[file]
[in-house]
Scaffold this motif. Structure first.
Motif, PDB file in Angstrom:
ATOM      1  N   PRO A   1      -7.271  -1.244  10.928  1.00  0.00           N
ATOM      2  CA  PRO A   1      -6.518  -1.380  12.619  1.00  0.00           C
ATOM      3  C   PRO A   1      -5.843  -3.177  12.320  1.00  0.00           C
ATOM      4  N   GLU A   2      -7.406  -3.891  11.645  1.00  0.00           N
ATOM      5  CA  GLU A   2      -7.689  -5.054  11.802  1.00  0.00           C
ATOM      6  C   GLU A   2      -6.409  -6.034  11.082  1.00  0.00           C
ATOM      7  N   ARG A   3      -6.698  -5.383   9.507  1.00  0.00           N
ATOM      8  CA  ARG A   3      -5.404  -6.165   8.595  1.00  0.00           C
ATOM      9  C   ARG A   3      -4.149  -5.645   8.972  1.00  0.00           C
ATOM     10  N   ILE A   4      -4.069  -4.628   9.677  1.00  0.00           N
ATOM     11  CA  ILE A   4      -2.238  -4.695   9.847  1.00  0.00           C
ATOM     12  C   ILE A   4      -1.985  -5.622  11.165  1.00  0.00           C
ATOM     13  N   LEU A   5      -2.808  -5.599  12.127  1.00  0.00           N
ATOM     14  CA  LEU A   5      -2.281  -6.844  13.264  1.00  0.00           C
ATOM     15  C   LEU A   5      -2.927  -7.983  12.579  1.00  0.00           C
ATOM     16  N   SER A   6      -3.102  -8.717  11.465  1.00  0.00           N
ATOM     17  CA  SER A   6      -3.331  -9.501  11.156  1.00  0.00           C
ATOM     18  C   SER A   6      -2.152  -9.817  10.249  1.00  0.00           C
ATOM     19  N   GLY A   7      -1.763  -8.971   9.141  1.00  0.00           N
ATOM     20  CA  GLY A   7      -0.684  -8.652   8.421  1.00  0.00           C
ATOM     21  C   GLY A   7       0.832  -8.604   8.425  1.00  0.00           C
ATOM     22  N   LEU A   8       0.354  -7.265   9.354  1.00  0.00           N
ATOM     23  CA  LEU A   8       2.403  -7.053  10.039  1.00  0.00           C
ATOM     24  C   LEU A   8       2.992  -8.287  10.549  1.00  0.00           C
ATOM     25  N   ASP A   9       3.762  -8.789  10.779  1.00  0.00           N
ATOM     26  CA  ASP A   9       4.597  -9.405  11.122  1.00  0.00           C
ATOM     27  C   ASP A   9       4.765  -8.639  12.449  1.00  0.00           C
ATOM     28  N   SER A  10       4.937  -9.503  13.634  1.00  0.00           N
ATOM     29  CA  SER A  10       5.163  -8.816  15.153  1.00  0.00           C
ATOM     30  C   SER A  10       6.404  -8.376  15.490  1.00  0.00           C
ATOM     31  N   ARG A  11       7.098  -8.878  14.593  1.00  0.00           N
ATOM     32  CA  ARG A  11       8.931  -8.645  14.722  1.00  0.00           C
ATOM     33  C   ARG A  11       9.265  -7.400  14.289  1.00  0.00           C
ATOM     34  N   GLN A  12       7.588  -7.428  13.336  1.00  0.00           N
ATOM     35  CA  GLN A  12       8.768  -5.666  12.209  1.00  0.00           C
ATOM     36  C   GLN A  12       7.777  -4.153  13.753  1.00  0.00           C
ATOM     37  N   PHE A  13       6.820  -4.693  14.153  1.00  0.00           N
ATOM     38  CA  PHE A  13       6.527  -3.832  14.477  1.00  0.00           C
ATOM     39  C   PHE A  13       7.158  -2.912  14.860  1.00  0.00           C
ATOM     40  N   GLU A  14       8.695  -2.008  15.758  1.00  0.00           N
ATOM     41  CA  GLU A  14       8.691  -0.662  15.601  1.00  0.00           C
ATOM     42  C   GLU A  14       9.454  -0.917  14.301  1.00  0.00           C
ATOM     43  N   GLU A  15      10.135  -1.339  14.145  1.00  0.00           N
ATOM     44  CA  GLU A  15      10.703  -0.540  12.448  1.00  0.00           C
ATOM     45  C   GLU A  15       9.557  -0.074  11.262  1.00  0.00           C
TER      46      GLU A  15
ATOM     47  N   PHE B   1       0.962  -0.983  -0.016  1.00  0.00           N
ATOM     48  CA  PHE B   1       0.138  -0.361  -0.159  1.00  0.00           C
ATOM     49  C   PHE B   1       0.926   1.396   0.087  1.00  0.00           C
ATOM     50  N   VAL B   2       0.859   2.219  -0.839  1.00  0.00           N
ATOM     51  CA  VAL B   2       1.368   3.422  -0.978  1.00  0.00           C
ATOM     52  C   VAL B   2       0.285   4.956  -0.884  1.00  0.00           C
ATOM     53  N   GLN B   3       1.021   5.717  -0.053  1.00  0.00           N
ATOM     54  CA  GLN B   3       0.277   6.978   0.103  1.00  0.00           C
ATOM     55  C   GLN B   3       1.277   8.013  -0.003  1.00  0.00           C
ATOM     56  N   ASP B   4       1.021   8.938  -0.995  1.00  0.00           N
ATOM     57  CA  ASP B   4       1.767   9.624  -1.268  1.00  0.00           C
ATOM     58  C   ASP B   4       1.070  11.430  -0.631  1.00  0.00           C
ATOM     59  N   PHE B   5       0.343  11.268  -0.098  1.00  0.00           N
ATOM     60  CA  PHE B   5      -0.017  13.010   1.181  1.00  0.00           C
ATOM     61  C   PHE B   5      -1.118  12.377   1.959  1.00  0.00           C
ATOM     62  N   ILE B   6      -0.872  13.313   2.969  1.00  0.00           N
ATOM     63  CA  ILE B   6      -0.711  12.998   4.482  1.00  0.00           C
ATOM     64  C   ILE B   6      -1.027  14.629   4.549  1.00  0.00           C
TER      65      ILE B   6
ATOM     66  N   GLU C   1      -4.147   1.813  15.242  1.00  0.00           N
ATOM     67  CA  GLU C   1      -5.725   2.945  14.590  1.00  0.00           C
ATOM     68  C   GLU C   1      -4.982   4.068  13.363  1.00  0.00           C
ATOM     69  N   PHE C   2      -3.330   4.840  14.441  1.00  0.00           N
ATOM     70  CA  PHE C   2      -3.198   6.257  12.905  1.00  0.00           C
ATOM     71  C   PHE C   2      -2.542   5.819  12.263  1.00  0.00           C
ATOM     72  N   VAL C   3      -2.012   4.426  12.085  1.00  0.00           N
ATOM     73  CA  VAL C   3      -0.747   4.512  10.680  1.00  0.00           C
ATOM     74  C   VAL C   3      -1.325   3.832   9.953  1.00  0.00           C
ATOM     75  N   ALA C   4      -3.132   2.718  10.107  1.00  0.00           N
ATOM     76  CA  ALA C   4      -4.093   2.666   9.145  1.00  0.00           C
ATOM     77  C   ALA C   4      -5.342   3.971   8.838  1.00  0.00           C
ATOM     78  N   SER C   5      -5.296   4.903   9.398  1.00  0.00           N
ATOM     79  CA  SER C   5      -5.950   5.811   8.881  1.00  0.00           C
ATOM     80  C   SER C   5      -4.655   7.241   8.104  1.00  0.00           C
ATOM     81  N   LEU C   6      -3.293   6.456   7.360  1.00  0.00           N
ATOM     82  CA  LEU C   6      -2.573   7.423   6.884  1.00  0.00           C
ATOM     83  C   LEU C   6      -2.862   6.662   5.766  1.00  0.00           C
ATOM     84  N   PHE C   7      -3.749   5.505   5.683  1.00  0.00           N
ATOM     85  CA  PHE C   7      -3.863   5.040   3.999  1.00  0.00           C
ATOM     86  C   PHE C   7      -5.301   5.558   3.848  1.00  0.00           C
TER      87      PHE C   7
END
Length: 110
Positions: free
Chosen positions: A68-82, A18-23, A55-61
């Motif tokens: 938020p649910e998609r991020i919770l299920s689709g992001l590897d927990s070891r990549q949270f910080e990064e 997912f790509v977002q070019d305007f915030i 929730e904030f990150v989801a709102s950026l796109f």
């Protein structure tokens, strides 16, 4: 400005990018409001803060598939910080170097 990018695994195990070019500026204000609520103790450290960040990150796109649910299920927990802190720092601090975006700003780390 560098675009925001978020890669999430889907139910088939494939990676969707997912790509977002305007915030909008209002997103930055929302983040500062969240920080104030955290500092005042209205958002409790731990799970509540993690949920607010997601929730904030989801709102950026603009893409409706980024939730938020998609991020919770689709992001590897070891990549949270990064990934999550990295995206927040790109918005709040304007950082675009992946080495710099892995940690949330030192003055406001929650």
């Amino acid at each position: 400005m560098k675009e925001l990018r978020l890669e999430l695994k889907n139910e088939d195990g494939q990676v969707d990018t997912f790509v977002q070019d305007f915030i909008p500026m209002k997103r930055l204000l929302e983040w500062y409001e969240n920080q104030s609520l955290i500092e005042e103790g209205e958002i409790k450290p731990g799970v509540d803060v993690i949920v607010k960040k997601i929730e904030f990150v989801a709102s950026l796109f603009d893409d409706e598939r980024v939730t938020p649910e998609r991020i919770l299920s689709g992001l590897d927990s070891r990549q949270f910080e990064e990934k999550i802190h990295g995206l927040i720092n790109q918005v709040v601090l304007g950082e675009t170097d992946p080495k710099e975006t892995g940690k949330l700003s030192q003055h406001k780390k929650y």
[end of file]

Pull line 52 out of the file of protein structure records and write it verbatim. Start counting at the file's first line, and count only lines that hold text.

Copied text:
ATOM     49  C   PHE B   1       0.926   1.396   0.087  1.00  0.00           C